Copyright © 2021 Albuquerque Journal
SANTA FE – A dispute over spending authority for federal stimulus funds has taken a new twist, with Gov. Michelle Lujan Grisham’s office accusing Sen. Jacob Candelaria of grandstanding in a state Supreme Court filing.
The latest salvo comes after Candelaria, a Democrat turned independent, said last week the governor was continuing to spend stimulus funding in violation of a court order that such dollars could only be allocated with legislative approval.
He also asked the Supreme Court to impose sanctions on the Governor’s Office and levy additional spending restrictions.
In its response this week, the Governor’s Office said a $269,059 payment of an invoice from a computer vendor was due to a misunderstanding of the Supreme Court’s order, since the expense had been obligated before the court’s decision.
The governor’s chief legal counsel, Holly Agajanian, also said the funds in question were restored after top state Department of Finance and Administration officials were alerted to the payment by state Treasurer Tim Eichenberg’s office.
Given that backdrop, Agajanian said there was no need for Candelaria to file a motion with the Supreme Court.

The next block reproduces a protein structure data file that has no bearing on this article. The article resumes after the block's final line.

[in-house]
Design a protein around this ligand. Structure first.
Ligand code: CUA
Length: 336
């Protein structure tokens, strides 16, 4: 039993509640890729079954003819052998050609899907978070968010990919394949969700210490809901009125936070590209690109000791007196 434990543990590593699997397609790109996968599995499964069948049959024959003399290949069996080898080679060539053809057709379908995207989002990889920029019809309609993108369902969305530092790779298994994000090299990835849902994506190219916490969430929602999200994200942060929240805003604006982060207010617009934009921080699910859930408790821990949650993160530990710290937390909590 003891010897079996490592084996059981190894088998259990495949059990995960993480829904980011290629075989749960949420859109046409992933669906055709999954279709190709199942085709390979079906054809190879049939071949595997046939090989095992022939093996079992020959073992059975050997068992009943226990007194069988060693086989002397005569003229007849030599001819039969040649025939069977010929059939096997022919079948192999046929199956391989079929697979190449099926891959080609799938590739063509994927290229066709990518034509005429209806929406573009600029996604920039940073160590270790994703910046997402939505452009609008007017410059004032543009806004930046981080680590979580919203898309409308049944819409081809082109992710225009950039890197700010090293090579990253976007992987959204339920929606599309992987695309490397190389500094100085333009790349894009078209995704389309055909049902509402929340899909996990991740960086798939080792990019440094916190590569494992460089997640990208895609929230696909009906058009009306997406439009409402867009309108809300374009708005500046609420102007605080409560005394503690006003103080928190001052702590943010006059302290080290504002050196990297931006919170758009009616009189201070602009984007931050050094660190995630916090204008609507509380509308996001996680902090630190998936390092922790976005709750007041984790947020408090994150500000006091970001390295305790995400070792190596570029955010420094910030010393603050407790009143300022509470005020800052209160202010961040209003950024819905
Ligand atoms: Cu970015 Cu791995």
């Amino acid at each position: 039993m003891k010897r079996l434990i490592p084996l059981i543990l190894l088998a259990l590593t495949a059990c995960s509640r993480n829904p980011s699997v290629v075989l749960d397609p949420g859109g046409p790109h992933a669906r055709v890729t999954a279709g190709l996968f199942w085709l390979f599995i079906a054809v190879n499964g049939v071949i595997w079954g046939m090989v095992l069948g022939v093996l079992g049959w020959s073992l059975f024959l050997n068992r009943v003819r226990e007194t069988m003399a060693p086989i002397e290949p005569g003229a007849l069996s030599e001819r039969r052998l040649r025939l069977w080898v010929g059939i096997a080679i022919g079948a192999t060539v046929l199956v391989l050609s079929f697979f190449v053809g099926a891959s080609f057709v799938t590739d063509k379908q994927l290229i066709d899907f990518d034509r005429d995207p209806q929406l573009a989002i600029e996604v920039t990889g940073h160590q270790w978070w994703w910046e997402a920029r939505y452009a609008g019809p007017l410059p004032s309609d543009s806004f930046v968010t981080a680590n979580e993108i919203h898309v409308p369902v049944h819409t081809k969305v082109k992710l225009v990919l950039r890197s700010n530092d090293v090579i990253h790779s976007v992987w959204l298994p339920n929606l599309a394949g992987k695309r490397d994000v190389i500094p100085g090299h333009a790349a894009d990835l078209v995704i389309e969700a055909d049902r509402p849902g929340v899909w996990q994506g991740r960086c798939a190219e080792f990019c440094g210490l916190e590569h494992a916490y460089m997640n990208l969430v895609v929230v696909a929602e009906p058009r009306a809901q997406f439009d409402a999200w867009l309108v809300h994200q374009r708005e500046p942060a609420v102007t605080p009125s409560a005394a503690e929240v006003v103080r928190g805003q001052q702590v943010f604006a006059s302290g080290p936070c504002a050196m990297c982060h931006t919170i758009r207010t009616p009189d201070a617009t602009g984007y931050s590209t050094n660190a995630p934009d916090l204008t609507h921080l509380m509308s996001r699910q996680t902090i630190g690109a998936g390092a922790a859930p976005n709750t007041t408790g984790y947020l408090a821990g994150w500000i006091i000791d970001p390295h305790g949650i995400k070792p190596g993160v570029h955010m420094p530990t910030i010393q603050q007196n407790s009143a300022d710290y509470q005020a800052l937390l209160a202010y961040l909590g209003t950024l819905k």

“Sadly, it appears Senator Candelaria is less interested in the truth than having his name in the papers,” the governor’s attorney wrote in the nine-page response.
Candelaria teamed up with Senate GOP floor leader Greg Baca of Belen in September to file the initial petition challenging the governor’s unilateral authority to spend $1.7 billion in federal relief funds.
He said Wednesday he does not believe the Lujan Grisham administration’s spending of additional federal money after the Supreme Court’s decision was a mistake, but was a deliberate act flagged by the state treasurer.
“The court was very clear that not a single penny could be transferred out of that fund without legislative approval,” Candelaria told the Journal.
In regards to the grandstanding allegations, Candelaria called the criticisms levied by the Governor’s Office “tacky and low-rent behavior.”
“It is not surprising to me the governor wants to make this some sort of political attack,” said Candelaria, who announced on the opening day of an ongoing special legislative session on redistricting that he was changing his political affiliation due to what he described as a toxic two-party political system.
The Legislature is weighing a plan to spend roughly $462 million of the unspent stimulus funds during the special session that started Monday. The remaining amount could then be allocated during a 30-day regular session that starts next month.
While the Supreme Court issued a ruling barring the governor from spending additional funds immediately after hearing oral arguments Nov. 17, it has not yet released a written opinion in the case.